July 28, at Hello, I am working on a 30 -story condo building where the customer wants a final polished concrete floor no wood laminate or carpet simply a polished concrete floor. After leveling the floor can I put some sort of sound barrier in between the level floor and the layer of polished concrete?

Unfortunately we have not worked with poured polished concrete with an underlay before. You may be able to find something, there are quite a few apartments with polished concrete and most apartment buildings do have a specific sound barrier needed. I would suggest getting in touch with other contractors or installers who have used polished concrete to see if they have experience with a sound-dampening underlay.

July 24, at The family room houses my hi end stereo system. I am concerned about how the stereo will sound with this flooring vs. COREtec flooring is a locking luxury vinyl flooring with a cork layer on the bottom of it. The cork layer should help to deaden the room. I am trying to eliminate beaming and echoing of sound from the stereo. Thanks for your comments. July 26, at The room will definitely be louder with the vinyl versus the carpet.

Unfortunately the cork on the bottom may not work as you would like it to, that is more to add a cushion to protect the planks from the subfloor. You would want to go with an actual cork floor to help with that. Please let us know if there is anything else we can help out with! June 23, at June 29, at I would suggest checking with local contractors and installers to see if they have an idea of where to source it. June 15, at We currently have timber boards throughout our house upstairs.

We have a unit underneath and were hoping to reduce the low frequency sounds of people walking upstairs on the boards. What would your advice be on the best option for us please? We have been given differing opinions from every local company we have asked. Thanks for your time!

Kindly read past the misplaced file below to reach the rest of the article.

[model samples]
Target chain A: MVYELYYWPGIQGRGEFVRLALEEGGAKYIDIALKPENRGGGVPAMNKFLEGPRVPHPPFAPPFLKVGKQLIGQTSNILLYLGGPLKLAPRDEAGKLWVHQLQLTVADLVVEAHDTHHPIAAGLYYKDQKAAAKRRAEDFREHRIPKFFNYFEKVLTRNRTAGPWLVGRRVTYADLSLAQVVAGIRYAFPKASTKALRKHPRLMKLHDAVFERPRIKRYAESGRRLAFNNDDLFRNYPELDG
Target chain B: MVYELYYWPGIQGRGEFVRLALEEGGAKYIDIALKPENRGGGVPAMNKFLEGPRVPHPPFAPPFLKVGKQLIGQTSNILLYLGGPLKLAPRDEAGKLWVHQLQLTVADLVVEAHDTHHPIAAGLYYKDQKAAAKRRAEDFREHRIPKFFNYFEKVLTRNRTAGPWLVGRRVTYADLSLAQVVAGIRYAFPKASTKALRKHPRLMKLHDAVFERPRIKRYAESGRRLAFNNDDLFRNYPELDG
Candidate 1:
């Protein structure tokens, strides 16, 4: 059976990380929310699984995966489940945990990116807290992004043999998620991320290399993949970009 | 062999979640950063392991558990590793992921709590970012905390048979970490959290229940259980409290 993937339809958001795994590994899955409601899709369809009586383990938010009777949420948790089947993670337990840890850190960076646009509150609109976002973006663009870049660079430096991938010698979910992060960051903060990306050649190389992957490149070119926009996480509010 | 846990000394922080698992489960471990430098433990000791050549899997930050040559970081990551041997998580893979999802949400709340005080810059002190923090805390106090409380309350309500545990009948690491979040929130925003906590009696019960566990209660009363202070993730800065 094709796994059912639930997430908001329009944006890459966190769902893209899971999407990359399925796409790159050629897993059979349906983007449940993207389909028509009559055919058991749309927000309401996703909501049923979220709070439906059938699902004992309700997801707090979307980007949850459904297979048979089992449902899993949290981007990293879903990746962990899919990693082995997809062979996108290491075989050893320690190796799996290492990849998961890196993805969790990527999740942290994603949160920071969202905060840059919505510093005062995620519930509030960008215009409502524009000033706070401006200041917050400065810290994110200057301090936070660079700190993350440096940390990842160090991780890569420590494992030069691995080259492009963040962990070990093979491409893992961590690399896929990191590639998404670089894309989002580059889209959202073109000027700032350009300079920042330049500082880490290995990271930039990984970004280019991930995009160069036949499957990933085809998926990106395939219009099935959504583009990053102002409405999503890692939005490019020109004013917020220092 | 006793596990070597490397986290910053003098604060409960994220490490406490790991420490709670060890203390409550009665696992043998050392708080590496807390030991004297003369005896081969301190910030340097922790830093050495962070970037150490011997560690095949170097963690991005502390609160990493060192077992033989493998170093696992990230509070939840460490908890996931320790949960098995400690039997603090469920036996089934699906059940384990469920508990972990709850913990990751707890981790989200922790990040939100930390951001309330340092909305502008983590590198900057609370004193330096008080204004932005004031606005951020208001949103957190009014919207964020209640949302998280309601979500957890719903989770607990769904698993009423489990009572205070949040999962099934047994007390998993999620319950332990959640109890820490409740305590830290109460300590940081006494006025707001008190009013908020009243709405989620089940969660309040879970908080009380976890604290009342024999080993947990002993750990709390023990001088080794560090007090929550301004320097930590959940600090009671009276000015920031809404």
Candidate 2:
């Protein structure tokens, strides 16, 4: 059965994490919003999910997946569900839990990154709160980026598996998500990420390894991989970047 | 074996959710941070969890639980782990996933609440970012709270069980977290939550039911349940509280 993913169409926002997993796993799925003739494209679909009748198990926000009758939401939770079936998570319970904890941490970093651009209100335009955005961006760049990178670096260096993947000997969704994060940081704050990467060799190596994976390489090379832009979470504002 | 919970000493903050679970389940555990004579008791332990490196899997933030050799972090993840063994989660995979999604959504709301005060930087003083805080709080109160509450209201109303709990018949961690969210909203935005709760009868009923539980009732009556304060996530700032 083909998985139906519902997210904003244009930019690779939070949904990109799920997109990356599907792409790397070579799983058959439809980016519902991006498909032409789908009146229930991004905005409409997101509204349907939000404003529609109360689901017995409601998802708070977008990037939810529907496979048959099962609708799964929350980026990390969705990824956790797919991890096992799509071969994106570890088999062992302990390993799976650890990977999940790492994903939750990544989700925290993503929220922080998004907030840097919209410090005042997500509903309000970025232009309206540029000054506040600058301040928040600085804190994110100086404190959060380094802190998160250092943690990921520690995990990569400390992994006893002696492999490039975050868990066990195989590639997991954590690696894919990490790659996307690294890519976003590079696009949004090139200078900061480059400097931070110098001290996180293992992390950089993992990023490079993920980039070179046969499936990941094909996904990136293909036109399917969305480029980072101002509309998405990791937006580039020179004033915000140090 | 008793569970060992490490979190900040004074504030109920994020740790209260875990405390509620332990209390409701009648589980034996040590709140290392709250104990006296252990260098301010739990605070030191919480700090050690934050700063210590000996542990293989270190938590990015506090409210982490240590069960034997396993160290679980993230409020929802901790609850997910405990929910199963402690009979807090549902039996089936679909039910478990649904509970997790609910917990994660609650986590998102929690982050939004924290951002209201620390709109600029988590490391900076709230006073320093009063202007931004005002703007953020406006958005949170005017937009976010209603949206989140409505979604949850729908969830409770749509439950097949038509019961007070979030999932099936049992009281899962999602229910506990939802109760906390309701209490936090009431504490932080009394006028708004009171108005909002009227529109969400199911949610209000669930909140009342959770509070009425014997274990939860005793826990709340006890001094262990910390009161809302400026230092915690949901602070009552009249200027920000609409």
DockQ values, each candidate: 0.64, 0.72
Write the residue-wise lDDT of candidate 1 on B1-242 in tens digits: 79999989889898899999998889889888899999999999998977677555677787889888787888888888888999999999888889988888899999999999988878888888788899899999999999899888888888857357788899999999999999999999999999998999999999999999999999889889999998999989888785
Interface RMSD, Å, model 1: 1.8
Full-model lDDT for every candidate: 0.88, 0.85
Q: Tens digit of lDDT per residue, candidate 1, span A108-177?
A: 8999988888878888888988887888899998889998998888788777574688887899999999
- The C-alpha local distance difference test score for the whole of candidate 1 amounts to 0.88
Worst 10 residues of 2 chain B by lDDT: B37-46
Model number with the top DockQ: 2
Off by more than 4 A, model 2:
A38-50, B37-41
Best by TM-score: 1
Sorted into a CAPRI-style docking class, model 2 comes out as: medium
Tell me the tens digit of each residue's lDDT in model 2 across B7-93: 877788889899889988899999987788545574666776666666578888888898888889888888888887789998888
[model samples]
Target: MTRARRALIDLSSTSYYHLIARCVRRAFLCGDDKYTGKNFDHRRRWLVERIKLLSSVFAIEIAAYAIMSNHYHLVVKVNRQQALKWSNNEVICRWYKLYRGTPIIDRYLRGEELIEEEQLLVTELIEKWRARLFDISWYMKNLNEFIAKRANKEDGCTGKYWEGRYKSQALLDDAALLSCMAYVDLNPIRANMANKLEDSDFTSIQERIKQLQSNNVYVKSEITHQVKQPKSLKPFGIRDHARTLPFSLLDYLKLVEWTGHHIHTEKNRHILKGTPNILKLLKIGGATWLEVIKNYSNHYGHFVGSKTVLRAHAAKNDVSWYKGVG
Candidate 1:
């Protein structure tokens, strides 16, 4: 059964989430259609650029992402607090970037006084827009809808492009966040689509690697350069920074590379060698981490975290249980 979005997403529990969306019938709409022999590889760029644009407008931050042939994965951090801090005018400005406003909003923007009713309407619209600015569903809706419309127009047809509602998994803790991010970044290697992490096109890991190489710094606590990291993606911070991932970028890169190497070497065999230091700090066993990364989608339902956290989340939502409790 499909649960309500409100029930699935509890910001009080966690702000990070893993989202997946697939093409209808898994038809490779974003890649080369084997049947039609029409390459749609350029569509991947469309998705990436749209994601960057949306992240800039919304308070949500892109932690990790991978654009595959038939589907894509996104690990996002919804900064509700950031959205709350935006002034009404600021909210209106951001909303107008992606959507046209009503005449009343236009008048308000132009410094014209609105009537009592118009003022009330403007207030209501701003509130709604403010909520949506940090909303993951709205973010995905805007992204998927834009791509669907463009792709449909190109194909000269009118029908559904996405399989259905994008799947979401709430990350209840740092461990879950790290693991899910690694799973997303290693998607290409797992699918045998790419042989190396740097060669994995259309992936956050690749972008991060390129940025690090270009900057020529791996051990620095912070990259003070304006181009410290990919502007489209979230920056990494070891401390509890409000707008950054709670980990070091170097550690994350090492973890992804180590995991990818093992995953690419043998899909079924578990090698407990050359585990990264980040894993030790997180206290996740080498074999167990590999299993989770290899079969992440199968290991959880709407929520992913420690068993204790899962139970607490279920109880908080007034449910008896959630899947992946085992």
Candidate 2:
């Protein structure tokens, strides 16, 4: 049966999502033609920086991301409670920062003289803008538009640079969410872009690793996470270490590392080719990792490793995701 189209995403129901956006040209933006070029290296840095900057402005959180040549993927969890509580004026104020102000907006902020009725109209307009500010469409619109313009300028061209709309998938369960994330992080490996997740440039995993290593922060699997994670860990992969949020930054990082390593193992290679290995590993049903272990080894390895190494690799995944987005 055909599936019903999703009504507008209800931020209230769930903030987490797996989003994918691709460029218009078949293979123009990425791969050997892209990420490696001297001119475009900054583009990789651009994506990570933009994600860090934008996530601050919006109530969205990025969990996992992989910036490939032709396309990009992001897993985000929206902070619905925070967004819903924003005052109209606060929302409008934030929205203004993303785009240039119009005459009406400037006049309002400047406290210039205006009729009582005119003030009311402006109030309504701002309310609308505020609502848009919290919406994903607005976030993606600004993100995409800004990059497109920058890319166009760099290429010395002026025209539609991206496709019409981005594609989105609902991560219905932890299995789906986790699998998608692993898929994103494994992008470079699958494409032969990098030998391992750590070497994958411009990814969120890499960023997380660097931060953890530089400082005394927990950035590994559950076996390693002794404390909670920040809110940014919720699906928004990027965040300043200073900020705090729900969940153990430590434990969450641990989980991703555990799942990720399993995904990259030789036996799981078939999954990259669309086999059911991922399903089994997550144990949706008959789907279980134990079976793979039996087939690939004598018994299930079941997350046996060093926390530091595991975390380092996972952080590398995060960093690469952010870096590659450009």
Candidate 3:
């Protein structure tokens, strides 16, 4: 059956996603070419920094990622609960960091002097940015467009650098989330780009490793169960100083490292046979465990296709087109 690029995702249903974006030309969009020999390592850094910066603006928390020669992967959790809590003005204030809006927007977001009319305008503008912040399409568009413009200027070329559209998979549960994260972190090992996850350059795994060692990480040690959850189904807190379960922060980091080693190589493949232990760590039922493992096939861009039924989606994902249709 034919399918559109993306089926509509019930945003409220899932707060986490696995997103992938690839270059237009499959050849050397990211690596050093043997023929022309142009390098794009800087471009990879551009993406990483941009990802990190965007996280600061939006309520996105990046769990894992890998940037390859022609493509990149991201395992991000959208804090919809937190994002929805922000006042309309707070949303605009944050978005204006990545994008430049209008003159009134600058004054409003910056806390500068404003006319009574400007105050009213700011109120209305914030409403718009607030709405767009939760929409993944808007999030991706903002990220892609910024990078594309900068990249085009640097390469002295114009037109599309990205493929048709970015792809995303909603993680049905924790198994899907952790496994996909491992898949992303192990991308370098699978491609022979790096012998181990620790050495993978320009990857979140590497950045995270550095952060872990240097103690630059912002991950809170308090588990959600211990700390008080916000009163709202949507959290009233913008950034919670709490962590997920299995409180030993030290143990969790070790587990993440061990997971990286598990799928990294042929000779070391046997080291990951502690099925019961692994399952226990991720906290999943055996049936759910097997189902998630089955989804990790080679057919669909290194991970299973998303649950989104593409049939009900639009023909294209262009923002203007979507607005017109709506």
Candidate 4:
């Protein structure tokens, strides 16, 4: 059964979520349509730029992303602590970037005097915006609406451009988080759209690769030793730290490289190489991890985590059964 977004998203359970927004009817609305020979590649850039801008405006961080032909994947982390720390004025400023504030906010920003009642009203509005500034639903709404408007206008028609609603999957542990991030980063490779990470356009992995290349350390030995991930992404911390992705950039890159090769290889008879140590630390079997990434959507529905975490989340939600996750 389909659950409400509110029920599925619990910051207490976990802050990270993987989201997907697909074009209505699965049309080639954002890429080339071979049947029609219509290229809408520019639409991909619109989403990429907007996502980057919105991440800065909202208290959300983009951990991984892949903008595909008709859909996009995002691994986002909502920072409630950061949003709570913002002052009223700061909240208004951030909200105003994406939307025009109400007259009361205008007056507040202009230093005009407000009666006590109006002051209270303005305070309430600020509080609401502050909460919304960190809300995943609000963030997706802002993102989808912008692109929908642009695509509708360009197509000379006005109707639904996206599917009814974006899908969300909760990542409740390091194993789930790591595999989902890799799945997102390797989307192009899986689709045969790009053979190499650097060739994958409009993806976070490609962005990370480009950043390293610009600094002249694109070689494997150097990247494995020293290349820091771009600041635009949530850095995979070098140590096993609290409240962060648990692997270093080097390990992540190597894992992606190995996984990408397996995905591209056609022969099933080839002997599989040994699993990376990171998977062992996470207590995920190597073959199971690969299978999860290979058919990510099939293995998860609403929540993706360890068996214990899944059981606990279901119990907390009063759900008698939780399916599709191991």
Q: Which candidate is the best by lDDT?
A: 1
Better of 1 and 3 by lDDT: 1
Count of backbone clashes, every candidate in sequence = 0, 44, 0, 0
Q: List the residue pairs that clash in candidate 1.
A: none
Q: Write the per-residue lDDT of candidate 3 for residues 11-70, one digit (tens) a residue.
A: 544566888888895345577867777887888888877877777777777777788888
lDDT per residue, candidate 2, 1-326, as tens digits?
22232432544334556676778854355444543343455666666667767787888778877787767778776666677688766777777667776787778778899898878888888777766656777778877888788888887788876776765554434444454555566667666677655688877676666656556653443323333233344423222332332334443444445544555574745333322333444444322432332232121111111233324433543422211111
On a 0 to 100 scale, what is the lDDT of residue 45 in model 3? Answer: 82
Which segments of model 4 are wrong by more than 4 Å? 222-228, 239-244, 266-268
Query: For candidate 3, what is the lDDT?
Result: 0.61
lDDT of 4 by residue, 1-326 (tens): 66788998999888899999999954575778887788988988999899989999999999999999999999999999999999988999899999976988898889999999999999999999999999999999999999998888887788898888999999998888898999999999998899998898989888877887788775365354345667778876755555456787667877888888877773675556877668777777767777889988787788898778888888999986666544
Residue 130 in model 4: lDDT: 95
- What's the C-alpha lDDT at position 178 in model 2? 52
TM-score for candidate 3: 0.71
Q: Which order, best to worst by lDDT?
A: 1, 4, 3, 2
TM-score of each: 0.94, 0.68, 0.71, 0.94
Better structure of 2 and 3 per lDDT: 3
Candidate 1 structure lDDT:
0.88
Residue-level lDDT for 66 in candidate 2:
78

June 16, at Other than carpet, the best option to use in this case would be cork. Cork has sound reduction properties in the actual cork material so it will be the quietest.

You can also look at using laminate or luxury vinyl plank and just add an underlay that has sound-dampening properties. I have included links below to our cork, laminate and vinyl flooring as well as a couple underlay options that offer sound-dampening. June 14, at The newly passed bylaws require soundproof ratings for both the underlay AND the flooring material itself. But somehow our strata is convinced that there are soundproofing specifications of the flooring material.

Thank you so much for your help!! Check with the MatWeb. Supplemental information provided by website visitor James S. Wangsness, Electromagnetic Fields, 2nd Ed. The sixth equation given on the web page is correct. Initial R of 7. The use of this R-valuye is highly questionable since wood shingle roofs do not block air flow whatsoever. Fire safety: may not be left exposed in living area; on aging, leaves significant air bypass leaks at shrinkage points. Vacuum insulated panels VIPs are rigid, air-tight hollow-core panels from which air has been evacuated.

An internal support is needed to keep the panel walls from collapsing when evacuated. The effectiveness as a vacuum insulating panel will also vary by panel thickness e. I calculate insulation resistance to heat loss or "R" percentage improvement always as relative to the original number.

Watch out : in my opinion increasing R-value to reduce the rate of heat loss in a roof is entirely and only theoretical. The actual change in rate of heat loss through the roof will be most-likely a lower percentage as heat loss is affected by. The heat loss by conduction to the building exterior is not a fixed rate. Rather the heat loss rate increases exponentially as the temperature difference between indoors and outdoors increases.